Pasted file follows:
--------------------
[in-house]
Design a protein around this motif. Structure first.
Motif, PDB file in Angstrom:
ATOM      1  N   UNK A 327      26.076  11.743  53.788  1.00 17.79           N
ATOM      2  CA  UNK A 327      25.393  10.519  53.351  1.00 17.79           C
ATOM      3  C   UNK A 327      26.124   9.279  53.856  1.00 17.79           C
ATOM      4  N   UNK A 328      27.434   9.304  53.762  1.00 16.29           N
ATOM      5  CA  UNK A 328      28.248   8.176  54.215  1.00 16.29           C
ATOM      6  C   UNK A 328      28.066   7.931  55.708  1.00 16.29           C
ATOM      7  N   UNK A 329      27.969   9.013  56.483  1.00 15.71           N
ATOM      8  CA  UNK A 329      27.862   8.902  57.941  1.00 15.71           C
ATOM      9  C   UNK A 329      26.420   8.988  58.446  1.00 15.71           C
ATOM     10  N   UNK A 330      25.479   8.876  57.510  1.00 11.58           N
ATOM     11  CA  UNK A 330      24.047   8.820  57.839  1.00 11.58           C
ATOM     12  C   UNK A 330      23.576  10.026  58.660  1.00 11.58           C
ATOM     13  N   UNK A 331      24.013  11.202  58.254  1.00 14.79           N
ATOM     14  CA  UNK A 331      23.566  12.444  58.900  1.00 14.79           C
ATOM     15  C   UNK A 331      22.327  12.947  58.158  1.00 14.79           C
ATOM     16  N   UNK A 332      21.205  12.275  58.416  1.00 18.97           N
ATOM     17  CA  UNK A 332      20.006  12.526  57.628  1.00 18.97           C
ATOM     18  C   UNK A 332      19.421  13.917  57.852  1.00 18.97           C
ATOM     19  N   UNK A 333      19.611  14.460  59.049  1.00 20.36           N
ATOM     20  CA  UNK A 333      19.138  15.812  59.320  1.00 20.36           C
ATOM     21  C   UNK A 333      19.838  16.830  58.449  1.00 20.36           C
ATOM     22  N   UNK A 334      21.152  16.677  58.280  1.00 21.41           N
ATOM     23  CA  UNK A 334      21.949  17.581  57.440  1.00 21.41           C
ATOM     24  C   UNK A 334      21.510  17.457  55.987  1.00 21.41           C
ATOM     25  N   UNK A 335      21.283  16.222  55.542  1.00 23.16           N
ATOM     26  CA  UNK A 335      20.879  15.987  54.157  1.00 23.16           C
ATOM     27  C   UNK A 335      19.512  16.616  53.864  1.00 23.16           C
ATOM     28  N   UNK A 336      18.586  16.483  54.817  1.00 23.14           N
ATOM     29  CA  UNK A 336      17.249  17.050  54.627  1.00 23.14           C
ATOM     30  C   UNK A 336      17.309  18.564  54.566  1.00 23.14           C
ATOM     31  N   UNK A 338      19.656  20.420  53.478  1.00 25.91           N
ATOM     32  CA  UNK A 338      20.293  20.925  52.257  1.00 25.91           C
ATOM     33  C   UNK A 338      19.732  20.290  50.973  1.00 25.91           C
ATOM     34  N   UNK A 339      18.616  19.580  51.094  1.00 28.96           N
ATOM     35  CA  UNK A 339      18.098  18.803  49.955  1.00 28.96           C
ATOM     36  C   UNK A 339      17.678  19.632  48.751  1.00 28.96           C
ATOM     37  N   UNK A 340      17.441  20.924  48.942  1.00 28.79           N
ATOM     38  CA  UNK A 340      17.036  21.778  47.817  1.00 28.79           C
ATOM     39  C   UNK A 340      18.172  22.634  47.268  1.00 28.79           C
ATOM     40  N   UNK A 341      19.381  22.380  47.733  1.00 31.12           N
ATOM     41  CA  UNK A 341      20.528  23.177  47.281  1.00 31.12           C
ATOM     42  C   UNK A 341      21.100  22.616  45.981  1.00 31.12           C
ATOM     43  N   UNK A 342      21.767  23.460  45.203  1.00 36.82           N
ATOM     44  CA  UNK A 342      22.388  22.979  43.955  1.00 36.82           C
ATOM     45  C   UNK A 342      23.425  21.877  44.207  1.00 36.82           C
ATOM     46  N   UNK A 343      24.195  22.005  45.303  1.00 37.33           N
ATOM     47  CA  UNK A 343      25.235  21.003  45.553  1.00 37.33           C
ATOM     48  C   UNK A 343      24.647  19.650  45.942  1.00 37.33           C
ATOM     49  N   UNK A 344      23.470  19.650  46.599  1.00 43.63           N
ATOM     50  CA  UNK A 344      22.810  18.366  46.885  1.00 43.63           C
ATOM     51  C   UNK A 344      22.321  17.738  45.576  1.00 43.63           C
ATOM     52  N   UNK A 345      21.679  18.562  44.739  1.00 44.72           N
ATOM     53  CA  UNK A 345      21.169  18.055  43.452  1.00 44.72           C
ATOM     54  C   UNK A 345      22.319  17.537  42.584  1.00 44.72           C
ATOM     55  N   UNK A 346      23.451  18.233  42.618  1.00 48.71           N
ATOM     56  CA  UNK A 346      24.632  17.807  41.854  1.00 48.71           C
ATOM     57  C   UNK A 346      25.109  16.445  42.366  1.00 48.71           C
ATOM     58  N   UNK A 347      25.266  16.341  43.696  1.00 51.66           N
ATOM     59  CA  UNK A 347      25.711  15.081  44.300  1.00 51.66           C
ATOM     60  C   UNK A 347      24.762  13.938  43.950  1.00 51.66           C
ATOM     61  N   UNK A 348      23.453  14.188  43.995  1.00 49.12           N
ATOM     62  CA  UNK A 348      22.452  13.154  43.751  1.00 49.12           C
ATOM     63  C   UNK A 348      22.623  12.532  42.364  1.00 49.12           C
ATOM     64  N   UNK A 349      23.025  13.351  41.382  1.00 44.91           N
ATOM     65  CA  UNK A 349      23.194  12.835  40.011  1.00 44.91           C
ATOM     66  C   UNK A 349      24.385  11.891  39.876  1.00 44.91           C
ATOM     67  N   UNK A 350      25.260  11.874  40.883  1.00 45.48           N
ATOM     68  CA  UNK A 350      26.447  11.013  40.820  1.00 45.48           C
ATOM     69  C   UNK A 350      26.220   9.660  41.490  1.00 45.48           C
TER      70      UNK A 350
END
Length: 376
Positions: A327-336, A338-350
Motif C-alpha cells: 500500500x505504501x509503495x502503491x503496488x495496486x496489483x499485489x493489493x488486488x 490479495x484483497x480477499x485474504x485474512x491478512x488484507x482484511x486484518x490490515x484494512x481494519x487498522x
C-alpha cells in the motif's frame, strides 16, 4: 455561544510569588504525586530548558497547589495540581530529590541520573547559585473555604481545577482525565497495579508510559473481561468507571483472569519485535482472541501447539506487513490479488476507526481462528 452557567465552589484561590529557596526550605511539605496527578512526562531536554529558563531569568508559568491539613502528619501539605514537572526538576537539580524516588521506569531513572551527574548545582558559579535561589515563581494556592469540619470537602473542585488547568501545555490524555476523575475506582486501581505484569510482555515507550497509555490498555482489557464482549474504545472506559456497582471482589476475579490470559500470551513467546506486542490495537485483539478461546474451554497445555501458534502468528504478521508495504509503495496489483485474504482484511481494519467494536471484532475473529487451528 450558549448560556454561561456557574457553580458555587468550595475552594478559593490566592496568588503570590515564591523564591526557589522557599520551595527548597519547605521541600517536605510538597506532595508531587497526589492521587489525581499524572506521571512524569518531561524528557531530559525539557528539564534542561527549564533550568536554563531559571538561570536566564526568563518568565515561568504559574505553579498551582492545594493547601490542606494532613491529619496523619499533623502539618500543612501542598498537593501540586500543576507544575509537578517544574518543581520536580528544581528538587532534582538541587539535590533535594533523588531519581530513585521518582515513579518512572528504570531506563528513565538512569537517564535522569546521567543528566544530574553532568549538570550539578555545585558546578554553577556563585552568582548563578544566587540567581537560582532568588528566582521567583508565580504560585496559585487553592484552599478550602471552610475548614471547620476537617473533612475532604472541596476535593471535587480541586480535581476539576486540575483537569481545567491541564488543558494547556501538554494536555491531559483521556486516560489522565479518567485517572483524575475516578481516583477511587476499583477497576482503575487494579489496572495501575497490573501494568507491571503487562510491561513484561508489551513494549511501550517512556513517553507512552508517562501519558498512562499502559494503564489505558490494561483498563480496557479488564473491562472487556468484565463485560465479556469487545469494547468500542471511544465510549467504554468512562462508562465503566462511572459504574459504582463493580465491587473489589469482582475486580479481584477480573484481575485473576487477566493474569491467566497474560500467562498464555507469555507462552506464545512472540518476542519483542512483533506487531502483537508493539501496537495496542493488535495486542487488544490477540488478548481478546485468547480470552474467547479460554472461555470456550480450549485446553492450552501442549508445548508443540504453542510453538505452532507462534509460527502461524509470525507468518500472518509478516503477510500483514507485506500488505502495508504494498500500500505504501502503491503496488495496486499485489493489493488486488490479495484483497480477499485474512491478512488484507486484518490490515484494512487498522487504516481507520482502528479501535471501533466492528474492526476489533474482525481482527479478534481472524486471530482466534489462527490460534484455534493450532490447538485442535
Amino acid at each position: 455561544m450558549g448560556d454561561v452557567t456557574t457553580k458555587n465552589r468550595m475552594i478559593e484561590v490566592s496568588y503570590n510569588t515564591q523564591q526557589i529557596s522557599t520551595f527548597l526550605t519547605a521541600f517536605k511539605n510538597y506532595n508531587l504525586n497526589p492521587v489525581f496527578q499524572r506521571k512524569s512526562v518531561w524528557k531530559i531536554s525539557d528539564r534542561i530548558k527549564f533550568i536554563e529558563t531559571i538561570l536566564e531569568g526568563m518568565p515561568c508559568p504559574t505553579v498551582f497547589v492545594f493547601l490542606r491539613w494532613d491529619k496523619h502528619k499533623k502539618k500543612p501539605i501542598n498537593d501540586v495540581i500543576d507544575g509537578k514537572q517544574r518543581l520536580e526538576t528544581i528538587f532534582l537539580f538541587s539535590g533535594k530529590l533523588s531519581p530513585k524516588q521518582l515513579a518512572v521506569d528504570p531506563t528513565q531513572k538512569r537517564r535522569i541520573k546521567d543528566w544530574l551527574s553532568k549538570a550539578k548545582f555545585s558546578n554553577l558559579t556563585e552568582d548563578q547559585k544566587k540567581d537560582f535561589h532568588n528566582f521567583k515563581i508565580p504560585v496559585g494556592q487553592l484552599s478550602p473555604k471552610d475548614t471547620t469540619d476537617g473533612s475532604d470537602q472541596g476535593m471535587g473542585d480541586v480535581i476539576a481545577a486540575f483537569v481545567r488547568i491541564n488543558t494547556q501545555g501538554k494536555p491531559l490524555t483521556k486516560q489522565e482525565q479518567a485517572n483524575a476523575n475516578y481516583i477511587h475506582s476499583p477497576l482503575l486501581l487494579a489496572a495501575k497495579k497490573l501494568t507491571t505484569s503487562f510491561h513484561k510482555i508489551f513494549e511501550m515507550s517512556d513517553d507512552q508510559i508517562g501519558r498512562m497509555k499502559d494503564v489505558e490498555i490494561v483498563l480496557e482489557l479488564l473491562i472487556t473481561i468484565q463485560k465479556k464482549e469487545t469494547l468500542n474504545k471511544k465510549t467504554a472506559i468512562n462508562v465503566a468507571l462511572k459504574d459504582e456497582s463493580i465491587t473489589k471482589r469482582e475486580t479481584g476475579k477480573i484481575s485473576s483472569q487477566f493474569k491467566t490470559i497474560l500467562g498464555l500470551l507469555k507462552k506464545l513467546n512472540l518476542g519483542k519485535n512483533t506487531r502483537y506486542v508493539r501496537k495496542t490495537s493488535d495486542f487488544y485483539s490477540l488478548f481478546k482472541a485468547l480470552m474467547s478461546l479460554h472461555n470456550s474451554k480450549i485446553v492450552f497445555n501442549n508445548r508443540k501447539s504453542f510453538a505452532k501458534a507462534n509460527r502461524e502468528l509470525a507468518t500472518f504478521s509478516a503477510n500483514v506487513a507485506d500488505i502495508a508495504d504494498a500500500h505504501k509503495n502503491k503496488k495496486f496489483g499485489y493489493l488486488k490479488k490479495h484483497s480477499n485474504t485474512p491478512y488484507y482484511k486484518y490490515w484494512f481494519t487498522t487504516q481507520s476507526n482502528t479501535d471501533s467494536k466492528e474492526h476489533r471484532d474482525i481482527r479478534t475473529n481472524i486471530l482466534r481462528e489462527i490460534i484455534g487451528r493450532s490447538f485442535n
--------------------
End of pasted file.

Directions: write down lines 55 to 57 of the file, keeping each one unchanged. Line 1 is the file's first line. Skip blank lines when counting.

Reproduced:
ATOM     52  N   UNK A 345      21.679  18.562  44.739  1.00 44.72           N
ATOM     53  CA  UNK A 345      21.169  18.055  43.452  1.00 44.72           C
ATOM     54  C   UNK A 345      22.319  17.537  42.584  1.00 44.72           C